African American Women and Christian Activism: New York's Black YWCA, 1905-1945 / Edition 1

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Overview

The middle class black women who people Judith Weisenfeld's history were committed both to social action and to institutional expression of their religious convictions. Their story provides an illuminating perspective on the varied forces working to improve quality of life for African Americans in crucial times. When undertaking to help young women migrating to and living alone in New York, Weisenfeld's protagonists chose to work within a national evangelical institution. Their organization of a black chapter of the Young Women's Christian Association in 1905 was a clear step toward establishing a suitable environment for young working women; it was also an expression of their philosophy of social uplift. Weisenfeld's analysis of the setbacks and successes closes with the National YWCA's vote in 1946 to adopt an interracial charter and move toward integration of local chapters, thus opening the door to a different set of challenges for a new generation of black activists.
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Editorial Reviews

American Historical Review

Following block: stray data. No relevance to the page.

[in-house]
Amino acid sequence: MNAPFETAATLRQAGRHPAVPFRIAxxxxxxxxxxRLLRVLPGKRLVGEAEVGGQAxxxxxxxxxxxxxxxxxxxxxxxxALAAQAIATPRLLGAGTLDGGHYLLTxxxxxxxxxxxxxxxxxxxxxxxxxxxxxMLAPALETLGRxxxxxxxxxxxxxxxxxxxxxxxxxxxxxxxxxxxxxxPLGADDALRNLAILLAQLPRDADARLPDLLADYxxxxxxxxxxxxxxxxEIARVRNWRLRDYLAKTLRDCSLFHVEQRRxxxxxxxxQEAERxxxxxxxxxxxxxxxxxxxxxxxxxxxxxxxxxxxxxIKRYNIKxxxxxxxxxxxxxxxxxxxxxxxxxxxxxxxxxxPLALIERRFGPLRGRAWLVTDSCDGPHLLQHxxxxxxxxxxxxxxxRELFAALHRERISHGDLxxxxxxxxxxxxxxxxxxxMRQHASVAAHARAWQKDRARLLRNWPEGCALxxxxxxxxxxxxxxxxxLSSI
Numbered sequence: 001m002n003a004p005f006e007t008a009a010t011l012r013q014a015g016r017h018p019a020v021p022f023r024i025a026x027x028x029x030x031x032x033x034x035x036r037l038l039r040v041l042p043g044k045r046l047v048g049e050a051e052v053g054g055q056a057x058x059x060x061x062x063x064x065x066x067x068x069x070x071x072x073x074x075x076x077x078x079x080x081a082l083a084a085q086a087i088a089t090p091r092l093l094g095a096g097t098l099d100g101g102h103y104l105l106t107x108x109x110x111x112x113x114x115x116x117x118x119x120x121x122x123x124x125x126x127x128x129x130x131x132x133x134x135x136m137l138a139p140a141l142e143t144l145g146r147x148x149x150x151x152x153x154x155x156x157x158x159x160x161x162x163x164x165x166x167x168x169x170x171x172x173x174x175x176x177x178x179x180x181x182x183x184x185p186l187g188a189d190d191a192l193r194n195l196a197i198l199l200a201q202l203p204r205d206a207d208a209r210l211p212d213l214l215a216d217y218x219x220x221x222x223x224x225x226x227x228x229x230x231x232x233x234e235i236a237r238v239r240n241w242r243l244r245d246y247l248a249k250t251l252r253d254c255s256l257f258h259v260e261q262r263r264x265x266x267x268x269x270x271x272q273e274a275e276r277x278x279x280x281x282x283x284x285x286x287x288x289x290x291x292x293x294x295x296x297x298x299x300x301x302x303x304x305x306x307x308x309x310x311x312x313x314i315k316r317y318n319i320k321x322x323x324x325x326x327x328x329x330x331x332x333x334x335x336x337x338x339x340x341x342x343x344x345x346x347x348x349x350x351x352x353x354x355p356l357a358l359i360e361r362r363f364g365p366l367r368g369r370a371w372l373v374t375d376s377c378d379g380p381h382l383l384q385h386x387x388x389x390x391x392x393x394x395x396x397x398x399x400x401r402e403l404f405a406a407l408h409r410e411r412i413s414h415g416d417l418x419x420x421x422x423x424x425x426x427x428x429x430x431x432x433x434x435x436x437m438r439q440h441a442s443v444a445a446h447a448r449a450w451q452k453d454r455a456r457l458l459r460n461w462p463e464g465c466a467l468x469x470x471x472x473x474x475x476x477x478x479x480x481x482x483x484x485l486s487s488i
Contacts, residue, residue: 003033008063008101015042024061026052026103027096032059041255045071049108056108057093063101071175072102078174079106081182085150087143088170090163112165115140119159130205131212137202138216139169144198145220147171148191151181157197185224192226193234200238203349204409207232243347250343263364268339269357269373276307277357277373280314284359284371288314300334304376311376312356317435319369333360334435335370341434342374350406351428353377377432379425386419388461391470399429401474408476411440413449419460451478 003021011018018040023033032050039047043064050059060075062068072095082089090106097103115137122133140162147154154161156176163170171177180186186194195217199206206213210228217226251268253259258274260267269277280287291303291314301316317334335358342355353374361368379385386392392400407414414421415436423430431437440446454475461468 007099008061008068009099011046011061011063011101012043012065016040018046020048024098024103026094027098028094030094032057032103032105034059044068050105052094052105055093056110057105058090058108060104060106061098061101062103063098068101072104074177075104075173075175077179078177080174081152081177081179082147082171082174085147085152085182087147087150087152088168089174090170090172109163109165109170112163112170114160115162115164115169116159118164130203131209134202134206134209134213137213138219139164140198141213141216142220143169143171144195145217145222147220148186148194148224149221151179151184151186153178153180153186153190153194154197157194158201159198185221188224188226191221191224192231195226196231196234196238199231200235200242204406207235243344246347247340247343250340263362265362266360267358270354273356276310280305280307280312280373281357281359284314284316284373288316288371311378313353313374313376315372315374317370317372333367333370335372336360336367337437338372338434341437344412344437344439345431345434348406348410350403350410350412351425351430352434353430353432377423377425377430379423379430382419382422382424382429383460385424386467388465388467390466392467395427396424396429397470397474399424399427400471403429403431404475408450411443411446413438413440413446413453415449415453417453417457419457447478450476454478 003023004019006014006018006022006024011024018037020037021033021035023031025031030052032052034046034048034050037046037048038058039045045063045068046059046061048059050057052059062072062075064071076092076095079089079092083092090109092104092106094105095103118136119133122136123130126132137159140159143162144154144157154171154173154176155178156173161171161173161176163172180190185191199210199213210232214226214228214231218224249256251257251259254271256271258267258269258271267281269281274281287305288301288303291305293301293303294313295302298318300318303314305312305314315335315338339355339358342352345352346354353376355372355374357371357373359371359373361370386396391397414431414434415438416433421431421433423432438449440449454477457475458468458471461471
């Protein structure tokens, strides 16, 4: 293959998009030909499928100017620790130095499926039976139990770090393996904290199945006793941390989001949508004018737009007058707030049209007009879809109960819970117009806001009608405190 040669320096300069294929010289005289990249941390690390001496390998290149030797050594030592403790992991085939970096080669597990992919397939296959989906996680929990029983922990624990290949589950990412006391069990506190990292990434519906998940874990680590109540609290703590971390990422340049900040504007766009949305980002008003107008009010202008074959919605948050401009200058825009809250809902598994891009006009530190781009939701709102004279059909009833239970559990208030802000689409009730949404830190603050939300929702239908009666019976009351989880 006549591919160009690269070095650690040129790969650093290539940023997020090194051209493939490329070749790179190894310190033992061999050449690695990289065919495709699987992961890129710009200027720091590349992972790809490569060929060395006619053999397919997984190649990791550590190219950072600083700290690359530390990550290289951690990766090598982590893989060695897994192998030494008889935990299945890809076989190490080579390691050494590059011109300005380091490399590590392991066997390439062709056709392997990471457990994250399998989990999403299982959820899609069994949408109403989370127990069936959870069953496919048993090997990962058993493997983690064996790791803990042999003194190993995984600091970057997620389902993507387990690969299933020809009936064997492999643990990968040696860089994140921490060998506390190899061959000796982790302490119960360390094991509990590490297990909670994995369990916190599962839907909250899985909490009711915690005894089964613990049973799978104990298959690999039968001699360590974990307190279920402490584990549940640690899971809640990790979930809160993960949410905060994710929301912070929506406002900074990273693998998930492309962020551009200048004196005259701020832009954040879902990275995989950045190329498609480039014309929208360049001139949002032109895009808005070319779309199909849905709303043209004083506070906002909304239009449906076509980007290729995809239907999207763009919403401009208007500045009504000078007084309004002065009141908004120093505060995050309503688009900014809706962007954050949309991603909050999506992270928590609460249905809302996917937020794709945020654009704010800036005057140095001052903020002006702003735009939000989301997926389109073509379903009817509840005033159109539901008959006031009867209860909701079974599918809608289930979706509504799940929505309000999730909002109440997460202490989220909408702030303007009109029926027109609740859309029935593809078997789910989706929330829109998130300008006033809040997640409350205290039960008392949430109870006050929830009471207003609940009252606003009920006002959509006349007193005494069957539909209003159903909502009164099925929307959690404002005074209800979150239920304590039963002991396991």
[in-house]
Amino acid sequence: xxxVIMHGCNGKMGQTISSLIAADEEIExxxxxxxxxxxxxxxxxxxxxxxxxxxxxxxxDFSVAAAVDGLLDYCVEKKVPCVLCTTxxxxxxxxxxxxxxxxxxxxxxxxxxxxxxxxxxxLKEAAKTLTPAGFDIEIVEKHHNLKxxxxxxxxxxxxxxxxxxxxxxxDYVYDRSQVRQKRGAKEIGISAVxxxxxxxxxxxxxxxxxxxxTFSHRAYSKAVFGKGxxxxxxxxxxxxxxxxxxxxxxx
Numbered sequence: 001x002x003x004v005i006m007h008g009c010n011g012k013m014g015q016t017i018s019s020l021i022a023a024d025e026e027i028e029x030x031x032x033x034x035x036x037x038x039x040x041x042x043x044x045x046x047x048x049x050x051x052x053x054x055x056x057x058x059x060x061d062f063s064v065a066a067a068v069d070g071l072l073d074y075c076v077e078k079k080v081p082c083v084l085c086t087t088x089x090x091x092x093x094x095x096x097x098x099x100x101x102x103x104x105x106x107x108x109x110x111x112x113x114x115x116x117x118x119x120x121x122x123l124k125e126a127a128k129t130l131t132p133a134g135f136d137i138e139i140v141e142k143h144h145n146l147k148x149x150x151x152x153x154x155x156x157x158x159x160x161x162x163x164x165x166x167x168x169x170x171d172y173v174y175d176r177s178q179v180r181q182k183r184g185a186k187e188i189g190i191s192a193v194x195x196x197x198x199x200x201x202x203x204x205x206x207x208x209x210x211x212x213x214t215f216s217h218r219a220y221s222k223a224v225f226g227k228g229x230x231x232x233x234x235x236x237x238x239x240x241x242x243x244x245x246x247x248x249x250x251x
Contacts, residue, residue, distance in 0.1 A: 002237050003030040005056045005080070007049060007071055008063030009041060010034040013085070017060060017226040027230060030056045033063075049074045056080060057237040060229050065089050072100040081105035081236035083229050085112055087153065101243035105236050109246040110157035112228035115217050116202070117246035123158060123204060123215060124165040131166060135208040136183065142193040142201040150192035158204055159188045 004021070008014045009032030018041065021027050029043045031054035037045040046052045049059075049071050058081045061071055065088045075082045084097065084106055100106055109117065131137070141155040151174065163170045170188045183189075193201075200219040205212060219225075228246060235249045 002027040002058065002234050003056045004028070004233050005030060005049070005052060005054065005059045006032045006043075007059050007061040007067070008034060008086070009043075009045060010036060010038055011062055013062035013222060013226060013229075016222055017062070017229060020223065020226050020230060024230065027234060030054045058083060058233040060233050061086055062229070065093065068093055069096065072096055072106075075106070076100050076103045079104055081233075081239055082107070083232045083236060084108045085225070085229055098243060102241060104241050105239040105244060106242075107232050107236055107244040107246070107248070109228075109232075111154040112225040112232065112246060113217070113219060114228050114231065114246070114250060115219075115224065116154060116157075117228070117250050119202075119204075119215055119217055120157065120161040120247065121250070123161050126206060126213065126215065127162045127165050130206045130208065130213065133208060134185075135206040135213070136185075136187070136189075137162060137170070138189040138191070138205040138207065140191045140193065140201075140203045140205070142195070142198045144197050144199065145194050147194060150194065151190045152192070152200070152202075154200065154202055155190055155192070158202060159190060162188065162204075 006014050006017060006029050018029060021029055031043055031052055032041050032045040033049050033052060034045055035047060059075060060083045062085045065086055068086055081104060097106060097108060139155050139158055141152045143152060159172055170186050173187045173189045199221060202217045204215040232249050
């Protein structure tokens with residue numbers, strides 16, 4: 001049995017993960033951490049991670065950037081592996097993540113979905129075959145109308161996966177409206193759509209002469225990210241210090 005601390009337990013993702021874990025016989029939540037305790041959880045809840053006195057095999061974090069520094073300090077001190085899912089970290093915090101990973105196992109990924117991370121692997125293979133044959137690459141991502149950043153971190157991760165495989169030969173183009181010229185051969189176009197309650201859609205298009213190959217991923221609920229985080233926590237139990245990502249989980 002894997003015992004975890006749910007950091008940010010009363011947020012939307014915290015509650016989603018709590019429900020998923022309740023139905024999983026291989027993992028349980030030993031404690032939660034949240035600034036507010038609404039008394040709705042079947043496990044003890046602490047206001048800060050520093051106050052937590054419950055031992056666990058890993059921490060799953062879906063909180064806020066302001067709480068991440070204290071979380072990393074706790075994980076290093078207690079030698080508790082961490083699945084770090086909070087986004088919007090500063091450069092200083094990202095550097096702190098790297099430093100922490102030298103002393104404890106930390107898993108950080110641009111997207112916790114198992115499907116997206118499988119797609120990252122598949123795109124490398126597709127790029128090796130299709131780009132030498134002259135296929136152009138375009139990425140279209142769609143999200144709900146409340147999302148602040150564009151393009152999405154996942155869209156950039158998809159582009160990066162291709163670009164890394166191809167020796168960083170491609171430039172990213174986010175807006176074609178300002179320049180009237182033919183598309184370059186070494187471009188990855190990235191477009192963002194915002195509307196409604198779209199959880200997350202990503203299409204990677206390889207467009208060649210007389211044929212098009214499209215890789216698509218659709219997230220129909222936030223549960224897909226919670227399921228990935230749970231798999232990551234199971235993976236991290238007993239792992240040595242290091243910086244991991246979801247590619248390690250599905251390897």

This interesting and useful book fills several important gaps in African-American and women's history…It not only traces the history of the New York black YWCA and its leaders, but it also usefully places the story in a broader historical context…Weisenfeld's careful presentation of the scholarly debates over women's political agency, African-American participation in white-dominated organizations, the process of neighborhood, institutional, and identity formation, and her thoughtful analysis of class, religion, racial politics, and urban development make this a useful and important contribution to the field.
— Cheryl Greenberg
Church History
Drawing on a rich collection of autobiographies, letters, stories, interviews, newspaper and journal articles, archives, film, and secondary literature, Judith Weisenfeld has written a fascinating account of the black YWCA of New York City during the first half of the twentieth century. She presents a culturally, socially, and religiously diverse cadre of African-American women who were dedicated to the cause of racial uplift through the employment of Christian principles...This book should be of great use and interest to novices and specialists alike. In addition to being a intriguing history of African-American women's Christian activism and of black New York, it is also filled with engaging stories that make readers want to know more...In her introduction, Weisenfeld writes, 'I have joined others in taking up the challenge of revealing African American women's strategies, challenges, and contributions to American life.' With this work, she has joined them in a most admirable manner.
— Cecilia A, Moore
American Historical Review